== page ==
Seven standard points were chosen in the range of 0–130 μg/L, and a standard curve was generated with the logarithmic concentration on the x-axis plotted against the ratio between the detected signal and the maximal signal on the y-axis (Figure 1). The sensitivity, or lower limit of detection of the assay, was 4.9 μg/L. The intraassay CV for samples on 3 levels were 13% (x̄ = 5.5 μg/L), 3% (x̄ = 47 μg/L), and 4% (x̄ = 97 μg/L). The interassay CV for each of the 3 levels was 6% (x̄ = 5.0 μg/L), 3% (x̄ = 55 μg/L), and 3% (x̄ = 88 μg/L). The analytical recovery of added purified MSP ranged from 102% to 109% and was independent of whether serum or buffer was used as dilution matrix, and dilution series of the seminal plasmas down to 1:50 000, had good reproducibility. Also, the stability of Eu-MSP was high, yielding comparable values in the assay independent of whether the tracer was freshly thawed or stored in the refrigerator overnight.
MSP in Serum and Seminal Plasma
The MSP concentration was measured in serum and seminal plasma from 205 young males, and the median values were calculated. Five serum values were below the analytical detection limit of the assay and were reported as 0 μg/L. The median MSP concentration in serum was 12 μg/L (2.5–97.5 percentile, 4.9–26 μg/L) and in seminal plasma 0.53 g/L (2.5–97.5 percentile, 0.13–2.0 g/L). The total amount of MSP in the seminal plasmas showed a median of 1.8 mg (2.5–97.5 percentile, 0.32–6.6 mg). The MSP concentration in serum correlated significantly to both the concentration (r = .47, P < .001) and the amount (r = .50, P < .001) of MSP in seminal plasma (Figure 2). Hence, the levels of MSP in serum normally corresponds to less than 10−4 of the levels in semen.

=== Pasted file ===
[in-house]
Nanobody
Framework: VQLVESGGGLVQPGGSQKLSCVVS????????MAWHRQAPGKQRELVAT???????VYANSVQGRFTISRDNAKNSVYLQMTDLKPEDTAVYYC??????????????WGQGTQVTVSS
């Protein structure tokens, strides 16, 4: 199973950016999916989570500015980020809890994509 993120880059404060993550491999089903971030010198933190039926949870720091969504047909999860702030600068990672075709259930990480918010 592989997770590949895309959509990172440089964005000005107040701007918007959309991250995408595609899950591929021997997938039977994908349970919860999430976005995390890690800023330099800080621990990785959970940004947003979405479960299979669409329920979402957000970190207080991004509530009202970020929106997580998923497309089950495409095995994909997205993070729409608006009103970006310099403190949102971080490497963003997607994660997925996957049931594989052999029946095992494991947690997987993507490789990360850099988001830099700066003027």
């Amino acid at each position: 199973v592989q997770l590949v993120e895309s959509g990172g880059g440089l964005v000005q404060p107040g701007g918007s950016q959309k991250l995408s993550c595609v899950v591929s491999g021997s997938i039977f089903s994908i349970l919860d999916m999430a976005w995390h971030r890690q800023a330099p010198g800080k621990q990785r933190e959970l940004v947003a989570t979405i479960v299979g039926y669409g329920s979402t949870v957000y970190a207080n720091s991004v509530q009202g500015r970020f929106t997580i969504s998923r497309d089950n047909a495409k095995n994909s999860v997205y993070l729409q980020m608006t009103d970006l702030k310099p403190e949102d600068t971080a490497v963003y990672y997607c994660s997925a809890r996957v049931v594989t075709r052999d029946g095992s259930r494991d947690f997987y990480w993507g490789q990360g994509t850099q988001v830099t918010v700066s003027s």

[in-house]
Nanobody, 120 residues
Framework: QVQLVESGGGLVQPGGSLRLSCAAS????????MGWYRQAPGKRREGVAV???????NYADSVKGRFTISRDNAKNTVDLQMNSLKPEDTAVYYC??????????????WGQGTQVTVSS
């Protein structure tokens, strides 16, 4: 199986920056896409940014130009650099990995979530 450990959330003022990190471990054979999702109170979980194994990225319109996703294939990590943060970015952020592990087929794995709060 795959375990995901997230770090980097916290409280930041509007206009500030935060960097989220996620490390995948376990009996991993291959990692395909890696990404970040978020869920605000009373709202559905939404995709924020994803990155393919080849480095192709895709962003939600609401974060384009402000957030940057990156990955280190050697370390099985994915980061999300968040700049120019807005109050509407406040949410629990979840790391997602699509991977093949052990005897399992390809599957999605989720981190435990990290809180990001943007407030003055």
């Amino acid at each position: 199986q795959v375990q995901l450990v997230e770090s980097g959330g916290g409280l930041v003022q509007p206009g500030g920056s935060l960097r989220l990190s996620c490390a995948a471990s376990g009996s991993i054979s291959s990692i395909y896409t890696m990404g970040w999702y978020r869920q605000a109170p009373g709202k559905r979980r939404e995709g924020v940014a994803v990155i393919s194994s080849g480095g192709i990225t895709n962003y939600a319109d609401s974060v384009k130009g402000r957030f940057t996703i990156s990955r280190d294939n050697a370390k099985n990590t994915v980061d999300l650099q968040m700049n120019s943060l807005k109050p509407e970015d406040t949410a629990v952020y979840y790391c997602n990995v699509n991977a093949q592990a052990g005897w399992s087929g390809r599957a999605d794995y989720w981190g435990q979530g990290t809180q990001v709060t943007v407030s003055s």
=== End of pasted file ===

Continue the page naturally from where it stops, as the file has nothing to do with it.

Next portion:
Correlation Between MSP and Other Prostate-Secreted Components
Associations between MSP and PSA in seminal plasma and serum were assessed (Table). MSP in serum was not significantly associated with either tPSA or fPSA in serum or the PSA levels in seminal plasma. However, similar to the previously reported findings of a significant association between PSA in seminal plasma and fPSA in serum (Sävblom et al, 2005), there was also a low but statistically significant correlation between MSP in seminal plasma and fPSA in serum. The highest correlation was seen between MSP and PSA in seminal plasma (Figure 3). These correlations were not importantly affected (but were slightly higher) when the amounts of the substances in seminal plasma, instead of the concentrations, were used in the calculations. As expected, the correlation between the concentration of Zn2+ in seminal plasma (median Zn2+ of 1.5 mM; 2.5–97.5 percentile, 0.29–4.1 mM) and MSP in seminal plasma was also high (r = .54, P < .001) (Figure 4), whereas there was no association between the concentration or total amount of Zn2+ in seminal plasma and the concentration of MSP in serum.
Expression and Purification of Recombinant MSP